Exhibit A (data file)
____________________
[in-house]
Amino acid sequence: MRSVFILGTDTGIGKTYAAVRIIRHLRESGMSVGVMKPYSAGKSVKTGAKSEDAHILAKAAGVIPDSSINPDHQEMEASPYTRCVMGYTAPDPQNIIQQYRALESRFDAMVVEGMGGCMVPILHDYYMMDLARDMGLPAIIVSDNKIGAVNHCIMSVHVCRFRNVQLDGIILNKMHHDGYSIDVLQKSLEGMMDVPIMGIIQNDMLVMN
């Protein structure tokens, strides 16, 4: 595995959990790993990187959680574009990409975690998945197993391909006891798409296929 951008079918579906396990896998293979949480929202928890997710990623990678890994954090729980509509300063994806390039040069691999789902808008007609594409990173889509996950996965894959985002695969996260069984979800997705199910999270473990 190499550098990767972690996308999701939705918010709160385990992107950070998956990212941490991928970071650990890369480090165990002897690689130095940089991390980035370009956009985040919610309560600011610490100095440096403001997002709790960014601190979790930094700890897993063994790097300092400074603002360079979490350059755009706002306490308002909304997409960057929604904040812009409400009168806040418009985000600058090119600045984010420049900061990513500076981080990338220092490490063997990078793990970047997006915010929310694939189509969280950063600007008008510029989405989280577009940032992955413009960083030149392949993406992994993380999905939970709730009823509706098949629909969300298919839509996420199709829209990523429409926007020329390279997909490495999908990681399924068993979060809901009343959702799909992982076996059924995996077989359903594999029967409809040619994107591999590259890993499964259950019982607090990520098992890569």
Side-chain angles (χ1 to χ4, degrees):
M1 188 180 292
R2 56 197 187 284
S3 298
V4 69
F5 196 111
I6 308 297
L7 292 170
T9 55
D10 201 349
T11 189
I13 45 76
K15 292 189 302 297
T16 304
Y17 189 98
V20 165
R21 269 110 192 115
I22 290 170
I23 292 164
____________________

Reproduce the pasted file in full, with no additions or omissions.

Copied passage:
[in-house]
Amino acid sequence: MRSVFILGTDTGIGKTYAAVRIIRHLRESGMSVGVMKPYSAGKSVKTGAKSEDAHILAKAAGVIPDSSINPDHQEMEASPYTRCVMGYTAPDPQNIIQQYRALESRFDAMVVEGMGGCMVPILHDYYMMDLARDMGLPAIIVSDNKIGAVNHCIMSVHVCRFRNVQLDGIILNKMHHDGYSIDVLQKSLEGMMDVPIMGIIQNDMLVMN
């Protein structure tokens, strides 16, 4: 595995959990790993990187959680574009990409975690998945197993391909006891798409296929 951008079918579906396990896998293979949480929202928890997710990623990678890994954090729980509509300063994806390039040069691999789902808008007609594409990173889509996950996965894959985002695969996260069984979800997705199910999270473990 190499550098990767972690996308999701939705918010709160385990992107950070998956990212941490991928970071650990890369480090165990002897690689130095940089991390980035370009956009985040919610309560600011610490100095440096403001997002709790960014601190979790930094700890897993063994790097300092400074603002360079979490350059755009706002306490308002909304997409960057929604904040812009409400009168806040418009985000600058090119600045984010420049900061990513500076981080990338220092490490063997990078793990970047997006915010929310694939189509969280950063600007008008510029989405989280577009940032992955413009960083030149392949993406992994993380999905939970709730009823509706098949629909969300298919839509996420199709829209990523429409926007020329390279997909490495999908990681399924068993979060809901009343959702799909992982076996059924995996077989359903594999029967409809040619994107591999590259890993499964259950019982607090990520098992890569």
Side-chain angles (χ1 to χ4, degrees):
M1 188 180 292
R2 56 197 187 284
S3 298
V4 69
F5 196 111
I6 308 297
L7 292 170
T9 55
D10 201 349
T11 189
I13 45 76
K15 292 189 302 297
T16 304
Y17 189 98
V20 165
R21 269 110 192 115
I22 290 170
I23 292 164